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Install and Configure Homebox

There are a lot of great open source options for inventory management out there.  I want to start with one that I found recently called Homebox.  It is really a great conceptual bit of software, and it has some really great features that can make it very easy to get started with inventory management.

When I think of home inventory, I think of a list of the items I have in my home, from furniture, to electronics, to photo-albums, antiques, and so much more.  When you think about why you might want to catalog these items, consider the worst case scenario where you have a destructive occurrence such as a fire, flood, hurricane, or tornado.  Perhaps its a disastrous criminal occurrence where you are burglarized, and everything is taken or destroyed.

Your insurance company is going to want a list of all of your assets. They don't want to just write you a giant check when all you owned was a couple of bricks, a plank of wood, and a television set.  You want to be able to catalog the items you had, the value to replace them, and serial numbers for the law enforcement agencies to try and track them down.  These days, they can enter the serial numbers into a database that pawn shops can subscribe to in order to save themselves money. The pawn shop can identify something as stolen before lending money or buying an item.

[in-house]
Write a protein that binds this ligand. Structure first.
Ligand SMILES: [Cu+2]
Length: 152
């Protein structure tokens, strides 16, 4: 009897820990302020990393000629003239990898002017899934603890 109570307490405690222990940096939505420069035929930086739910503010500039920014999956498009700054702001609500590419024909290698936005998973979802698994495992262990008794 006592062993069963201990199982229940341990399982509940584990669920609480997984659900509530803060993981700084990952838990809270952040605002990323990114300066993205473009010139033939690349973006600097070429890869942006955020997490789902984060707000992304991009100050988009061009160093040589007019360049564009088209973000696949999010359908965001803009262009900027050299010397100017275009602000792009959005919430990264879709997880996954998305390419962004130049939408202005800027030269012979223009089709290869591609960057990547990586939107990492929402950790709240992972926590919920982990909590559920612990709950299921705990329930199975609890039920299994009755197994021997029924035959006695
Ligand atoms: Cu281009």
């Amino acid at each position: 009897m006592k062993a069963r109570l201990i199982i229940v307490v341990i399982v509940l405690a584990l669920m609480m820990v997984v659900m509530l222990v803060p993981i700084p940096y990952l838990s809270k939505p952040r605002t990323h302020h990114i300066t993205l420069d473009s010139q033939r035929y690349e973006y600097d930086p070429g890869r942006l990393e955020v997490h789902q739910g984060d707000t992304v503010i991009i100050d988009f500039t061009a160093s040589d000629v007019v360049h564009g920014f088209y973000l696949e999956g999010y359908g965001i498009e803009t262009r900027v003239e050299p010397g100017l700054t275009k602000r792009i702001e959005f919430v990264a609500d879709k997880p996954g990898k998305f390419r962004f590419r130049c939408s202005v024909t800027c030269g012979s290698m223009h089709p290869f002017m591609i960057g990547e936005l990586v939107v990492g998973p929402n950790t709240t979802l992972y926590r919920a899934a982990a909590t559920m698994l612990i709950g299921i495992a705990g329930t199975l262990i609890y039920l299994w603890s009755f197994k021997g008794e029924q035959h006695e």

Let's get down to the nuts and bolts of this system, and get it setup.

What You'll Need

  • Docker-CE and Docker-Compose installed on a system where you want to run your inventory server.
  • (optional) NGinX Proxy Manager (or a reverse proxy of your choice) to get outside access to your server from the internet.
  • (optional) A domain name that you can add / edit A-records for.
  • About 20 Minutes of your time.

Installing Docker-CE, Docker-Compose, and NGinX-Proxy-Manager

Installation via a Simple Script